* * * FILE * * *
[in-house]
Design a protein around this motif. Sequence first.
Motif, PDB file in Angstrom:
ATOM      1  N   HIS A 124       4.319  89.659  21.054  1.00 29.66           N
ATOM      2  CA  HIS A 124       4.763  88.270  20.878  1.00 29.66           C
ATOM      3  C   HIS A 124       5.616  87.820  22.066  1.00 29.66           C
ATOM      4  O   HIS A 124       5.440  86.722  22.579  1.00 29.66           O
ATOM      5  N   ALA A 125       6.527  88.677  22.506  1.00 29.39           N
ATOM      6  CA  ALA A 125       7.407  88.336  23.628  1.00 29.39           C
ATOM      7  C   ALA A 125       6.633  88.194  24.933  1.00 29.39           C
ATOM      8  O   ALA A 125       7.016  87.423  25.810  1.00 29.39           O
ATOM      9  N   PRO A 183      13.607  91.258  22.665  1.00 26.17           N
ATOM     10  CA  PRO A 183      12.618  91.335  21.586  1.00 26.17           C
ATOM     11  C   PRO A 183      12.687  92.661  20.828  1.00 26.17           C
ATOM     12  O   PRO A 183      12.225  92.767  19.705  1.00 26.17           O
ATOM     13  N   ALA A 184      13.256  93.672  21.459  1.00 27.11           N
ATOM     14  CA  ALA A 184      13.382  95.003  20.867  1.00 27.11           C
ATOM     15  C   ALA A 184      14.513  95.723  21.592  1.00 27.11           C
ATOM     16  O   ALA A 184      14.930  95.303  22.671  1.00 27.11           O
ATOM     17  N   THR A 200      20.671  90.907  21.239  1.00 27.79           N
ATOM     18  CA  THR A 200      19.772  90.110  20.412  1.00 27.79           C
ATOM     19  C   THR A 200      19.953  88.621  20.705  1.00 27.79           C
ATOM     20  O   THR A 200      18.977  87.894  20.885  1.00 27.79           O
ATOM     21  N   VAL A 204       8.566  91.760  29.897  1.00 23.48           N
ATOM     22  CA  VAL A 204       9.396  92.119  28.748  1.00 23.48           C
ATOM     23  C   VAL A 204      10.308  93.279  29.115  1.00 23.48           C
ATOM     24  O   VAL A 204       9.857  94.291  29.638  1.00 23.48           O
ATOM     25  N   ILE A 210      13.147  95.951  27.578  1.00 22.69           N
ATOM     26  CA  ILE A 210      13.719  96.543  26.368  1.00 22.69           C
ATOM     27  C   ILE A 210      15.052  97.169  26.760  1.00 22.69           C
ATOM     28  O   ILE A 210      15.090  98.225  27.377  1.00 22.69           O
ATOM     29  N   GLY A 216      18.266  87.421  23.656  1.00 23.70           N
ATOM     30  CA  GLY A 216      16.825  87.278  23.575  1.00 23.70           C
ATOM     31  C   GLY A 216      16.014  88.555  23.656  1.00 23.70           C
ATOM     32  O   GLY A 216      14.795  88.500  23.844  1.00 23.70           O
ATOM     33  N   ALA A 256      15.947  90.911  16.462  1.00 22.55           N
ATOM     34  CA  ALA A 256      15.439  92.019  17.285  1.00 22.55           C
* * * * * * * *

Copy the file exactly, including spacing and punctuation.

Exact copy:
[in-house]
Design a protein around this motif. Sequence first.
Motif, PDB file in Angstrom:
ATOM      1  N   HIS A 124       4.319  89.659  21.054  1.00 29.66           N
ATOM      2  CA  HIS A 124       4.763  88.270  20.878  1.00 29.66           C
ATOM      3  C   HIS A 124       5.616  87.820  22.066  1.00 29.66           C
ATOM      4  O   HIS A 124       5.440  86.722  22.579  1.00 29.66           O
ATOM      5  N   ALA A 125       6.527  88.677  22.506  1.00 29.39           N
ATOM      6  CA  ALA A 125       7.407  88.336  23.628  1.00 29.39           C
ATOM      7  C   ALA A 125       6.633  88.194  24.933  1.00 29.39           C
ATOM      8  O   ALA A 125       7.016  87.423  25.810  1.00 29.39           O
ATOM      9  N   PRO A 183      13.607  91.258  22.665  1.00 26.17           N
ATOM     10  CA  PRO A 183      12.618  91.335  21.586  1.00 26.17           C
ATOM     11  C   PRO A 183      12.687  92.661  20.828  1.00 26.17           C
ATOM     12  O   PRO A 183      12.225  92.767  19.705  1.00 26.17           O
ATOM     13  N   ALA A 184      13.256  93.672  21.459  1.00 27.11           N
ATOM     14  CA  ALA A 184      13.382  95.003  20.867  1.00 27.11           C
ATOM     15  C   ALA A 184      14.513  95.723  21.592  1.00 27.11           C
ATOM     16  O   ALA A 184      14.930  95.303  22.671  1.00 27.11           O
ATOM     17  N   THR A 200      20.671  90.907  21.239  1.00 27.79           N
ATOM     18  CA  THR A 200      19.772  90.110  20.412  1.00 27.79           C
ATOM     19  C   THR A 200      19.953  88.621  20.705  1.00 27.79           C
ATOM     20  O   THR A 200      18.977  87.894  20.885  1.00 27.79           O
ATOM     21  N   VAL A 204       8.566  91.760  29.897  1.00 23.48           N
ATOM     22  CA  VAL A 204       9.396  92.119  28.748  1.00 23.48           C
ATOM     23  C   VAL A 204      10.308  93.279  29.115  1.00 23.48           C
ATOM     24  O   VAL A 204       9.857  94.291  29.638  1.00 23.48           O
ATOM     25  N   ILE A 210      13.147  95.951  27.578  1.00 22.69           N
ATOM     26  CA  ILE A 210      13.719  96.543  26.368  1.00 22.69           C
ATOM     27  C   ILE A 210      15.052  97.169  26.760  1.00 22.69           C
ATOM     28  O   ILE A 210      15.090  98.225  27.377  1.00 22.69           O
ATOM     29  N   GLY A 216      18.266  87.421  23.656  1.00 23.70           N
ATOM     30  CA  GLY A 216      16.825  87.278  23.575  1.00 23.70           C
ATOM     31  C   GLY A 216      16.014  88.555  23.656  1.00 23.70           C
ATOM     32  O   GLY A 216      14.795  88.500  23.844  1.00 23.70           O
ATOM     33  N   ALA A 256      15.947  90.911  16.462  1.00 22.55           N
ATOM     34  CA  ALA A 256      15.439  92.019  17.285  1.00 22.55           C